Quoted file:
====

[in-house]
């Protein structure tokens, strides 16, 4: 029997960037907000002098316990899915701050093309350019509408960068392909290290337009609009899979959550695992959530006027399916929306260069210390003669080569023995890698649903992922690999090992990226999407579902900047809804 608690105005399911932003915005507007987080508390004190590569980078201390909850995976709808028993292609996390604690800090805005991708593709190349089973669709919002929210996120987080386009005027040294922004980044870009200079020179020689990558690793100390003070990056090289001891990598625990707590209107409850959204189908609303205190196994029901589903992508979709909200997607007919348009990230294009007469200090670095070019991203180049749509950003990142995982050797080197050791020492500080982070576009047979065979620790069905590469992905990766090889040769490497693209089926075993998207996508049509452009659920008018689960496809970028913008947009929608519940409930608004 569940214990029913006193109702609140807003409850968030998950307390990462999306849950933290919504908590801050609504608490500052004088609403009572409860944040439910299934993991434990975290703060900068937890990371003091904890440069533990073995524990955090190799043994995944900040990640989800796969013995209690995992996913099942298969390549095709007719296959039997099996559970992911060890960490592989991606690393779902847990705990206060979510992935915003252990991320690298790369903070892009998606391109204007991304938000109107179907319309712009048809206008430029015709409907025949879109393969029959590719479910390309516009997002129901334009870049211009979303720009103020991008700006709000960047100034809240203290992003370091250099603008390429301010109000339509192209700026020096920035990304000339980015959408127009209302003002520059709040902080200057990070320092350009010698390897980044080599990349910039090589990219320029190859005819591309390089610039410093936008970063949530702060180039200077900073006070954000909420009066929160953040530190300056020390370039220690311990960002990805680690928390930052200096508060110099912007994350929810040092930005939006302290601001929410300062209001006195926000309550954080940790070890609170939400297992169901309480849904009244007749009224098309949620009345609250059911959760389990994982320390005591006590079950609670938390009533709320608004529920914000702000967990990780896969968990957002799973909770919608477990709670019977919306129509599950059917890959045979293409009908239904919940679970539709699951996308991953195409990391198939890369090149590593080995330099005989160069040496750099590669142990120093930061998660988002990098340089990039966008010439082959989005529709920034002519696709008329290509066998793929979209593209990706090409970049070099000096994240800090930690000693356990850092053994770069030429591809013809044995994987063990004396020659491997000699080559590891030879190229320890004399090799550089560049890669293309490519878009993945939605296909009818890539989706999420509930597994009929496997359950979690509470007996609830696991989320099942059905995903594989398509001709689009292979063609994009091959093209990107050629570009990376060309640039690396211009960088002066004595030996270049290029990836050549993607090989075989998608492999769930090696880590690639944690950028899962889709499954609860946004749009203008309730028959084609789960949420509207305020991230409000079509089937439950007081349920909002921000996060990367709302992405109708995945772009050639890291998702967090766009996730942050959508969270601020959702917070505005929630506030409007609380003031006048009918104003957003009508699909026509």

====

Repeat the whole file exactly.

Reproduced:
[in-house]
């Protein structure tokens, strides 16, 4: 029997960037907000002098316990899915701050093309350019509408960068392909290290337009609009899979959550695992959530006027399916929306260069210390003669080569023995890698649903992922690999090992990226999407579902900047809804 608690105005399911932003915005507007987080508390004190590569980078201390909850995976709808028993292609996390604690800090805005991708593709190349089973669709919002929210996120987080386009005027040294922004980044870009200079020179020689990558690793100390003070990056090289001891990598625990707590209107409850959204189908609303205190196994029901589903992508979709909200997607007919348009990230294009007469200090670095070019991203180049749509950003990142995982050797080197050791020492500080982070576009047979065979620790069905590469992905990766090889040769490497693209089926075993998207996508049509452009659920008018689960496809970028913008947009929608519940409930608004 569940214990029913006193109702609140807003409850968030998950307390990462999306849950933290919504908590801050609504608490500052004088609403009572409860944040439910299934993991434990975290703060900068937890990371003091904890440069533990073995524990955090190799043994995944900040990640989800796969013995209690995992996913099942298969390549095709007719296959039997099996559970992911060890960490592989991606690393779902847990705990206060979510992935915003252990991320690298790369903070892009998606391109204007991304938000109107179907319309712009048809206008430029015709409907025949879109393969029959590719479910390309516009997002129901334009870049211009979303720009103020991008700006709000960047100034809240203290992003370091250099603008390429301010109000339509192209700026020096920035990304000339980015959408127009209302003002520059709040902080200057990070320092350009010698390897980044080599990349910039090589990219320029190859005819591309390089610039410093936008970063949530702060180039200077900073006070954000909420009066929160953040530190300056020390370039220690311990960002990805680690928390930052200096508060110099912007994350929810040092930005939006302290601001929410300062209001006195926000309550954080940790070890609170939400297992169901309480849904009244007749009224098309949620009345609250059911959760389990994982320390005591006590079950609670938390009533709320608004529920914000702000967990990780896969968990957002799973909770919608477990709670019977919306129509599950059917890959045979293409009908239904919940679970539709699951996308991953195409990391198939890369090149590593080995330099005989160069040496750099590669142990120093930061998660988002990098340089990039966008010439082959989005529709920034002519696709008329290509066998793929979209593209990706090409970049070099000096994240800090930690000693356990850092053994770069030429591809013809044995994987063990004396020659491997000699080559590891030879190229320890004399090799550089560049890669293309490519878009993945939605296909009818890539989706999420509930597994009929496997359950979690509470007996609830696991989320099942059905995903594989398509001709689009292979063609994009091959093209990107050629570009990376060309640039690396211009960088002066004595030996270049290029990836050549993607090989075989998608492999769930090696880590690639944690950028899962889709499954609860946004749009203008309730028959084609789960949420509207305020991230409000079509089937439950007081349920909002921000996060990367709302992405109708995945772009050639890291998702967090766009996730942050959508969270601020959702917070505005929630506030409007609380003031006048009918104003957003009508699909026509």